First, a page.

That is a weird way to put it, maybe I am just not understanding it correctly. The AoI closely resembles the purely mechanical way in which numbers are constructed in the von Neumann system. It puts forth that there is an infinite set containing all sets which represent individual natural number; it is necessary because no natural number is itself infinitely large.

Maybe you are thinking about the Axiom of Induction, which constructively gives you all naturals?

but the relationship between them (eg 1+0=1), must be rule based or defined at the very least.

That is true. Numbers in general are rule based, and well defined. There is very little "philosophical" in the number constuctions of Peano or the ZF/von Neumann variation.

Basically I want to know what makes 0 or 1 abstract. For me to figure that out, I must also have their precise definitions?

Peano Axioms, which define or construct the natural numbers, are what you are looking for.

  • The very first axiom reads 0 is a natural number..
  • The 8th says [...] there is no natural number whose successor is 0.

Quite literally, 0 is defined to be the first natural number. As mentioned elsewhere, there were earlier variants where Peano started with 1, and it did not change much. I guess it was changed to 0 later because of practical reasons, mostly.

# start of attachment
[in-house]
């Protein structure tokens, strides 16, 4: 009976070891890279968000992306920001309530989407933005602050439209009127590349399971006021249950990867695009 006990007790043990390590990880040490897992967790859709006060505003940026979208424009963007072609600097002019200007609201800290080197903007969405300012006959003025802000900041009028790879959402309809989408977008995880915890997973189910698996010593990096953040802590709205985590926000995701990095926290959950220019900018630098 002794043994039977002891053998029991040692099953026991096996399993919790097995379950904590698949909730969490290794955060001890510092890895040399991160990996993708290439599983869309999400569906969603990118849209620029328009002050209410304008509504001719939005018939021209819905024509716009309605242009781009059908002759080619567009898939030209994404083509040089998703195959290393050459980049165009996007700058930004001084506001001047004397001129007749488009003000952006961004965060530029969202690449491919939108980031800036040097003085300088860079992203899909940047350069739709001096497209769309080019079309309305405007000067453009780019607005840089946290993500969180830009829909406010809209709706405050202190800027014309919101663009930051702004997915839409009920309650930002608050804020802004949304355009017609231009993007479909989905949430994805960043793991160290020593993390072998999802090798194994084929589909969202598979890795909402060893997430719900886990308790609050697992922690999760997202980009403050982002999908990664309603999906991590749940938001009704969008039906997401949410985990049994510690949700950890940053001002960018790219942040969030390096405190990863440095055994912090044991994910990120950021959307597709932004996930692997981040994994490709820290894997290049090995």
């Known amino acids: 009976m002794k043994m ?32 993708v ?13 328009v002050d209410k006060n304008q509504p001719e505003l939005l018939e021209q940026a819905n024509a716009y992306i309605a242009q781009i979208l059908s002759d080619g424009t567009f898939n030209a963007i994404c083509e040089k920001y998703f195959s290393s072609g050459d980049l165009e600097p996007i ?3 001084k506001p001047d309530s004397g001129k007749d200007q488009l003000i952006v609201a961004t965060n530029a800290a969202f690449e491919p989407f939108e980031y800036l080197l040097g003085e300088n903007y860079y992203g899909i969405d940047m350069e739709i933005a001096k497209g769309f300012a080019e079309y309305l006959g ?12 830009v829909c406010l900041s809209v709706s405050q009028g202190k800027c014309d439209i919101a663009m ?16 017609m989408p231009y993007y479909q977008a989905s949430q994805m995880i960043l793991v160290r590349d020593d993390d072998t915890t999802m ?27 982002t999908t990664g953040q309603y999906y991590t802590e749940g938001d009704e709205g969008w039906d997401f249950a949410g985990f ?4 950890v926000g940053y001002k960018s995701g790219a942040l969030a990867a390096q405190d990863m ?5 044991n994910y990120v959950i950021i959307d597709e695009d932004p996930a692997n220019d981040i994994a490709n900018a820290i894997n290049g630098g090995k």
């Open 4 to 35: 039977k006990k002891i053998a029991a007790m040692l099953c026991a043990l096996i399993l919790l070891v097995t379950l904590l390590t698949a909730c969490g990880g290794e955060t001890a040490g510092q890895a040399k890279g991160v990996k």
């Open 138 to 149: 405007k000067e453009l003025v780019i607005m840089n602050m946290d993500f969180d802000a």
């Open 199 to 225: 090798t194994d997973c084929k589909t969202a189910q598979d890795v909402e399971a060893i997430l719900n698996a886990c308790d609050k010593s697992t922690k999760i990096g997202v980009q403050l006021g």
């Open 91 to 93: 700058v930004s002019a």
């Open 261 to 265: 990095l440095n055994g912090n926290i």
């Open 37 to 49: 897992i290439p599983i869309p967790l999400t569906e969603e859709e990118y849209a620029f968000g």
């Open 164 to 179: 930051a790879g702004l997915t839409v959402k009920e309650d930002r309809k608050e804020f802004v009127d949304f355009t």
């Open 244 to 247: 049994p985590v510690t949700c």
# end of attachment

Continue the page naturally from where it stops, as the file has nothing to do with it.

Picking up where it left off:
I know that 0 is an abstract concept, but I want to know what or what not in its definition makes it so.

0 is not more abstract than any other mathematical term. There is nothing special about it - it is as abstract as 1, -1, infinity or whatever else you could think of.

That said, in both Peano as well as ZFC constructions, 0 or {} are actually less abstract than any other natural number in the sense that they are the only natural numbers that are defined explicitely as such (without resolving to a successor construction).

Is abstraction another name for commonality?

Wikipedia to the rescue: Abstraction in its main sense is a conceptual process where general rules and concepts are derived from the usage and classification of specific examples, literal ("real" or "concrete") signifiers, first principles, or other methods.

Abstraction is not a deep philosophical term, but simply and exactly what the definition of the word says. You go from concrete examples (a bag with 3 eggs, another bag with 5 eggs) and figure out a concept of natural numbers which tell you how you can systematically work with bags of any number of eggs, even 1000000 eggs, which you would never see in the real world.